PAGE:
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Do you employ staff? You must provide clear and predictable employment conditions. The new law imposes extra obligations on employers and has consequences for various employment conditions and stipulations.
More information on entering employment
You must provide more information on working conditions, rights and duties when someone starts their job with you. You must for instance inform employees about:
- duration and conditions of the trial period
- holidays and leave arrangements
- the place the work is carried out
- the possible right to a training or education
- what the arrangements are for the termination of the employment contract
- the seperate components of which employees' wages are build up, such as bonuses
You must pay for compulsory training
You may have to offer your employee specific training if this is stated in the law or in the collective labour agreement (CAO). You will have to pay for these courses. You should also allow the training to be followed during working hours.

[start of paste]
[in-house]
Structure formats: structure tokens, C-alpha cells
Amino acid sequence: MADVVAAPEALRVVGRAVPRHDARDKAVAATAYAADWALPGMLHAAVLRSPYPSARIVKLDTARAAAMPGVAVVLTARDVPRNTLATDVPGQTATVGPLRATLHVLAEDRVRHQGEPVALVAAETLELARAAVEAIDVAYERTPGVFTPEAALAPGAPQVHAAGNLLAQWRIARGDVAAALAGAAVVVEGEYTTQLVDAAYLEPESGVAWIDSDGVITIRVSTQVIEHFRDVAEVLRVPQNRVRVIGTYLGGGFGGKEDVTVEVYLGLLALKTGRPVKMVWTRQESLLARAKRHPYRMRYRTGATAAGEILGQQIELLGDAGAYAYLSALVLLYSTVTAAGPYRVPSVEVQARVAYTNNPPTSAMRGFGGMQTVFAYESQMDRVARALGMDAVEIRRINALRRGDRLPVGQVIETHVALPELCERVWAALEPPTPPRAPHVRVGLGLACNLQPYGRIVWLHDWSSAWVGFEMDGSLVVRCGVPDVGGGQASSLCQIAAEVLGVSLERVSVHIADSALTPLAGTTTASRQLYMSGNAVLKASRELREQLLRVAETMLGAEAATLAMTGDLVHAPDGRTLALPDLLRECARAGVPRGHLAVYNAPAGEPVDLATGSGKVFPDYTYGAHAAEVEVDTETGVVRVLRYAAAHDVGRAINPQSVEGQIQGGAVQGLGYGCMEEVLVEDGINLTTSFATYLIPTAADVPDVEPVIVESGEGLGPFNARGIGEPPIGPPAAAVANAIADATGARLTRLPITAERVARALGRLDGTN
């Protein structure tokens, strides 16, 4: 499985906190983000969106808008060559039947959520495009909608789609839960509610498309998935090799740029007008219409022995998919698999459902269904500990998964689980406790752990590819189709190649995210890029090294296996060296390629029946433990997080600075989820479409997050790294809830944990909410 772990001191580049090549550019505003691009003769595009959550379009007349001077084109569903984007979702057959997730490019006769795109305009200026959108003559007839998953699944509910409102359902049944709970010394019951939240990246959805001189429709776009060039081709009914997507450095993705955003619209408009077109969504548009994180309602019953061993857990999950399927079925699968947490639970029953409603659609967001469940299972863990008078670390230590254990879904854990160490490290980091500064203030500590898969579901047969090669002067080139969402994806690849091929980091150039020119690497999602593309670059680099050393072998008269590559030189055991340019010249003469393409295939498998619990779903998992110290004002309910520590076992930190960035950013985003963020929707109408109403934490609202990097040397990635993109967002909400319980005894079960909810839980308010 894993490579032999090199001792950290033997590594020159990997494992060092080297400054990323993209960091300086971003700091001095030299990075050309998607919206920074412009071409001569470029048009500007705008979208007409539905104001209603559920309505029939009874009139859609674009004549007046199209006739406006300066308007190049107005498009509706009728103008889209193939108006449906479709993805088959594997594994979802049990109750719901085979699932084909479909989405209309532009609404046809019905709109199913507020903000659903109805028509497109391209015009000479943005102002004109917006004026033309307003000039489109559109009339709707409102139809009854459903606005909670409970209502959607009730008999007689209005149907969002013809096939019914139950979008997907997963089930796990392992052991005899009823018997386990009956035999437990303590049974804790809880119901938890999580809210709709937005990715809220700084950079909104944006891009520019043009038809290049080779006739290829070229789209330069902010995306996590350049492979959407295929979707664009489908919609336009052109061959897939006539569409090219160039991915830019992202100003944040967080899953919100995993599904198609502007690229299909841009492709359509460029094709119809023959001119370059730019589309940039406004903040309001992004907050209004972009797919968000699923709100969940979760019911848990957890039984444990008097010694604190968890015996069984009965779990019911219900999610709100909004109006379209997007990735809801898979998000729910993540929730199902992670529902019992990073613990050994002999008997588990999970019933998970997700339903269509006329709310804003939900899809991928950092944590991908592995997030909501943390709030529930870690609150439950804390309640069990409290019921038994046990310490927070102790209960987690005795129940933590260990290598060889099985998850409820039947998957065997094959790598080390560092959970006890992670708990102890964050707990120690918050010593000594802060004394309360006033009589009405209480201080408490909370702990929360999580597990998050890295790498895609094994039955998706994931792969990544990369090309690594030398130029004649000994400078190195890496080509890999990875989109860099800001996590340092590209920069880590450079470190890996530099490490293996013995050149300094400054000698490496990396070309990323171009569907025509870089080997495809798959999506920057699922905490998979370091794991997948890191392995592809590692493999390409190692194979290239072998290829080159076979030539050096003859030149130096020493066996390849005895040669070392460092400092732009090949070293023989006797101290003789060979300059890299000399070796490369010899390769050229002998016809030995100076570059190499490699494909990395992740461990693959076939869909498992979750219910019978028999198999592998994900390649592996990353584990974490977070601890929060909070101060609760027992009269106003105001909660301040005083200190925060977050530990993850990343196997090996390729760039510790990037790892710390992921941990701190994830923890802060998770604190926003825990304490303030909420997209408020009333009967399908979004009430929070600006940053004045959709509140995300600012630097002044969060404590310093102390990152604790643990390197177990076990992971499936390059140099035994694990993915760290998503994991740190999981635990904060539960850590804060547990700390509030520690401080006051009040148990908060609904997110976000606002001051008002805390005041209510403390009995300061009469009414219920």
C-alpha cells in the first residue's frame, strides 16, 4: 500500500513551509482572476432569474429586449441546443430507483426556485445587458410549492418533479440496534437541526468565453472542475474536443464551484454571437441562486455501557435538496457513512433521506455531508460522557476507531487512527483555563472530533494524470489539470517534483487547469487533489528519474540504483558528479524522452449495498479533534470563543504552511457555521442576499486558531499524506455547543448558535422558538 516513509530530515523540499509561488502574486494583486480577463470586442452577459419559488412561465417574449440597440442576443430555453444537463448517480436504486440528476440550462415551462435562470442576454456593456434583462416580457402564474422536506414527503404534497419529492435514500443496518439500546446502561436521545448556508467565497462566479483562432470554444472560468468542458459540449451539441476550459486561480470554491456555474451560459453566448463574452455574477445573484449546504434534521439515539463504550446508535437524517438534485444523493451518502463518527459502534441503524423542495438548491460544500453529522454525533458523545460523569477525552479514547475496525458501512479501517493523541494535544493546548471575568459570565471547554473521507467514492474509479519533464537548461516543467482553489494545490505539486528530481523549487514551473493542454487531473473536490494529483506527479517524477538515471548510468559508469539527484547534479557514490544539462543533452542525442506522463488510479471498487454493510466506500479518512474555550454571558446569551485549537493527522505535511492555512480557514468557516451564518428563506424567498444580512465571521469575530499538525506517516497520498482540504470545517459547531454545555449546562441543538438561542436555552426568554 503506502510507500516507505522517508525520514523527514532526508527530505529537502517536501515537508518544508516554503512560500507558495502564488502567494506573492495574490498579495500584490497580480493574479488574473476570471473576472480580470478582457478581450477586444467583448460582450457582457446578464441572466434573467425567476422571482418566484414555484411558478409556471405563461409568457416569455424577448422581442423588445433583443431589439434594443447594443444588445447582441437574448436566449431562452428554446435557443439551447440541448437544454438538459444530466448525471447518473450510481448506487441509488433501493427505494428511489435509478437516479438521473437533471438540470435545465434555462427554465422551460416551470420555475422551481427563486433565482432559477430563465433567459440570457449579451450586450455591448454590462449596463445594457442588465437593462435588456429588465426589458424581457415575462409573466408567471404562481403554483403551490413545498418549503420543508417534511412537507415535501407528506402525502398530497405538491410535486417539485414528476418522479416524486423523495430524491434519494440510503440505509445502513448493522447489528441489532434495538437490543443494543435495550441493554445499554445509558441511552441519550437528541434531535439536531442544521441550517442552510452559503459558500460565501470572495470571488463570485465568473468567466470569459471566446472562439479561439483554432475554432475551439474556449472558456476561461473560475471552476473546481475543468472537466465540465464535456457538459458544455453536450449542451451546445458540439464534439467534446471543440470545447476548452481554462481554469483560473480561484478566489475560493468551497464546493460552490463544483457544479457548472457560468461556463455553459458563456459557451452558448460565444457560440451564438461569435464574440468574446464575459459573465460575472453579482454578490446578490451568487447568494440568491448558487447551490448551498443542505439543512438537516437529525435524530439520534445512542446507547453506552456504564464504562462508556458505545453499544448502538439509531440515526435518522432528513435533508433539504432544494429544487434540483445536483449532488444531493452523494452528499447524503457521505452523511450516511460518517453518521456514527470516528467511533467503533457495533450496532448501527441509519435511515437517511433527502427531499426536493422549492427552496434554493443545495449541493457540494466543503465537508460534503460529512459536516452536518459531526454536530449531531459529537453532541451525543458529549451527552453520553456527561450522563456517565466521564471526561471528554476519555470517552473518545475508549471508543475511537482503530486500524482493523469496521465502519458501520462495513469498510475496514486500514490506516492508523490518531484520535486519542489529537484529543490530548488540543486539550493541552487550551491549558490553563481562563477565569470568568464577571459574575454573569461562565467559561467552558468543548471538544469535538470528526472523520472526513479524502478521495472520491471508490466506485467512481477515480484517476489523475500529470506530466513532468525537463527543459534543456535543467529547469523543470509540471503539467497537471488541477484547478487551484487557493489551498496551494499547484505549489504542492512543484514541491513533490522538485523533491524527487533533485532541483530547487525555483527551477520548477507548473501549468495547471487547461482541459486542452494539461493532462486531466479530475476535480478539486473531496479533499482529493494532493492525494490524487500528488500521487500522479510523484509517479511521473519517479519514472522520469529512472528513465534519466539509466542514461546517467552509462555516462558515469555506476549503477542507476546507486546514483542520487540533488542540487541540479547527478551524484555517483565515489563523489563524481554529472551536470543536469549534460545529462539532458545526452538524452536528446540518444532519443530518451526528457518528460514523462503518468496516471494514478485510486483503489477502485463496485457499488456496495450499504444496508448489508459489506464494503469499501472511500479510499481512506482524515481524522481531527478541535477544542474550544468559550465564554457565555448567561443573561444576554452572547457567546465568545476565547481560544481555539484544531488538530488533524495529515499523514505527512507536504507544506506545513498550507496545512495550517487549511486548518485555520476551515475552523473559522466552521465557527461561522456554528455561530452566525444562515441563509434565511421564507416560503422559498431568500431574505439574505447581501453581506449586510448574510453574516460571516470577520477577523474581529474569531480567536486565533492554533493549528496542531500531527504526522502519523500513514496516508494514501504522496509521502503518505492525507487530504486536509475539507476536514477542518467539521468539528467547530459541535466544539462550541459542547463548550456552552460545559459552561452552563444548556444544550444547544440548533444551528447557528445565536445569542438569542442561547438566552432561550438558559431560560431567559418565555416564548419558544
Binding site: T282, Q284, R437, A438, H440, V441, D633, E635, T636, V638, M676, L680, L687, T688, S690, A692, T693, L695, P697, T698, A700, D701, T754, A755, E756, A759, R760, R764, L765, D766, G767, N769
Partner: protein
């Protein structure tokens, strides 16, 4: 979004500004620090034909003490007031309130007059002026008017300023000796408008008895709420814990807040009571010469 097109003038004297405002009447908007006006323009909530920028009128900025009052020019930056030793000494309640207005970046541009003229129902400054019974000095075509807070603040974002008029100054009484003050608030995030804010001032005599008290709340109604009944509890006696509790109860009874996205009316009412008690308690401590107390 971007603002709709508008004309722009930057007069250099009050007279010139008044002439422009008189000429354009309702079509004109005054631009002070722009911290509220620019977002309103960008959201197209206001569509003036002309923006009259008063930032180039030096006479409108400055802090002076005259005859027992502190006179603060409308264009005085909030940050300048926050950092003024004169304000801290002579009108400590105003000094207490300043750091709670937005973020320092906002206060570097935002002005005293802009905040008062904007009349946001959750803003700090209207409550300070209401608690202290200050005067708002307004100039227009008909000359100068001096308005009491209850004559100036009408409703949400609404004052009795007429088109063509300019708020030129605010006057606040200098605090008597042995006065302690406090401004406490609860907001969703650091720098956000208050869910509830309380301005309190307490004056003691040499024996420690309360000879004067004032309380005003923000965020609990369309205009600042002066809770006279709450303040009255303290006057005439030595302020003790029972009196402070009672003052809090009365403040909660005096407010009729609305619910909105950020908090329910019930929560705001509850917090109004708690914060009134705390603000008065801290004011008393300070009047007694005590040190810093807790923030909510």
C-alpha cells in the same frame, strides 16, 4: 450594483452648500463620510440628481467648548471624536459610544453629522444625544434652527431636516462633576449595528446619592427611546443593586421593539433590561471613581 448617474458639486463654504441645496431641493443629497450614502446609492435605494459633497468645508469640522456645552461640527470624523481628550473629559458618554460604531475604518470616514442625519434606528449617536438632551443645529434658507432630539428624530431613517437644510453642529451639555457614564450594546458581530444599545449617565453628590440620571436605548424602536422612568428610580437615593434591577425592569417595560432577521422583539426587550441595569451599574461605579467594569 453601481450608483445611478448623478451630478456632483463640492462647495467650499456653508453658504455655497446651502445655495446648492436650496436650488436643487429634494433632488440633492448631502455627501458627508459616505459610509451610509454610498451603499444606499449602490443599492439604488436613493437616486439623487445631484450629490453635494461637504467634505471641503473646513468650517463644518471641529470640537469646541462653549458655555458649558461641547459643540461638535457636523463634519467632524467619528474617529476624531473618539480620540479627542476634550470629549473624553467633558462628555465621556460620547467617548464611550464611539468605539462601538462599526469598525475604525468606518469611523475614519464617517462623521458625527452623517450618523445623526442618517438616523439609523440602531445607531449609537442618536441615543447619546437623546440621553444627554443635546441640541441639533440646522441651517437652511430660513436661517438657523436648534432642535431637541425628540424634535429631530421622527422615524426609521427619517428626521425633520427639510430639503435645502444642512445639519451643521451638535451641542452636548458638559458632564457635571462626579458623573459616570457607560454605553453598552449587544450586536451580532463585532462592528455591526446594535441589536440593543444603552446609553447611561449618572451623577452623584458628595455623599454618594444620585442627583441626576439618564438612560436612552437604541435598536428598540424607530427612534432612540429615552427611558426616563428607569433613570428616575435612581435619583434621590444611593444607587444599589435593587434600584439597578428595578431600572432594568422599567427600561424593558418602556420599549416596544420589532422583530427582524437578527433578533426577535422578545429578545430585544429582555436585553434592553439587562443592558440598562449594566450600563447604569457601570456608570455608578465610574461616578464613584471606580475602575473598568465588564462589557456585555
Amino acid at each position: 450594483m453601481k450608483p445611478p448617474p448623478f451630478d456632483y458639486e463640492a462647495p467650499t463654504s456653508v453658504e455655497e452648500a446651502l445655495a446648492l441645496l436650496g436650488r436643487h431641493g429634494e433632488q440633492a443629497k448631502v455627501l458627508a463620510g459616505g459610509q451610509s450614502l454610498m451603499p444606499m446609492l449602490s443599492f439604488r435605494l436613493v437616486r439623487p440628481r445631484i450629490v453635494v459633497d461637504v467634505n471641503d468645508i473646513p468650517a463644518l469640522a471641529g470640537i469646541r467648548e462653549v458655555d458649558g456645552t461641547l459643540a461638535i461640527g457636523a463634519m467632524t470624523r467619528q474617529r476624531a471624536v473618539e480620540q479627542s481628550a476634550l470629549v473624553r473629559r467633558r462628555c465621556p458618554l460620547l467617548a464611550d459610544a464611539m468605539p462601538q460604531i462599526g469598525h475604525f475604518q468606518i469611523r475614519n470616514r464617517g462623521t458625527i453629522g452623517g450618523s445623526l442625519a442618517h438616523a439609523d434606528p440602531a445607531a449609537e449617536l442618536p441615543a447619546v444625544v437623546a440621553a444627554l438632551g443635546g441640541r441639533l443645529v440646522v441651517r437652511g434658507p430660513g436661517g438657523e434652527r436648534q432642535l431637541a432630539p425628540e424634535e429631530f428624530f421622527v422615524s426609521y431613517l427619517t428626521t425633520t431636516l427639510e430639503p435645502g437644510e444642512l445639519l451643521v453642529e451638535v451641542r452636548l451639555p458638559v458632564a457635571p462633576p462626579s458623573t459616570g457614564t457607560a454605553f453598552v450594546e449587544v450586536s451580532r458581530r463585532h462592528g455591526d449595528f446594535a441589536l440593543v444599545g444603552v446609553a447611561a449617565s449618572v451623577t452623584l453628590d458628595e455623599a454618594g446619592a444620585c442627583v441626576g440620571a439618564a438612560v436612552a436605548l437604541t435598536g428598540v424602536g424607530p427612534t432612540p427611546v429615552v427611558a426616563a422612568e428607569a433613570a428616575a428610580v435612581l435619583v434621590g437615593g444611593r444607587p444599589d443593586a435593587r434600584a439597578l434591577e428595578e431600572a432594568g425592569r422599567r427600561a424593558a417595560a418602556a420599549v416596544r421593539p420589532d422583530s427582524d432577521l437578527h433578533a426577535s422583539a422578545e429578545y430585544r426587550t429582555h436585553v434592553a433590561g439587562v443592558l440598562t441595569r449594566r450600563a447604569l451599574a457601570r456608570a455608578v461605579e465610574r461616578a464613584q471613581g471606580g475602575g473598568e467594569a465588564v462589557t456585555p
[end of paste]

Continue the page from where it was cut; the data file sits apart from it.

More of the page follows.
You cannot stop an employee from working for another employer outside their work schedule. You can prevent this if you have an objective justification. This means that you must have a good reason to prohibit secondary activities.
Predictable work pattern
If the work pattern is unpredictable, you must tell the employees at what times they can be required to work. You must do more to make the work pattern as predictable as possible. This can have consequences especially if you employ on-call workers.
Predictable working conditions
An employee can request to perform a type of work that has more predictable working conditions. Employees can do so if they are in your employ for at least 26 weeks. They can make such a request at most once a year.
- entrepreneurs with staff
The 'Law implementing the EU directive on transparent and predictable working conditions' is expected to enter into effect on 1 August 2022.
Please note: The effective date of this measure is not yet final. Entry into force is subject to its passing through the upper and lower houses of parliament or proclamation of the Order in Council (Algemene Maatregel van Bestuur, AMvB) or ministerial decree and publication in the Staatsblad or Staatscourant (Government Gazette, in Dutch).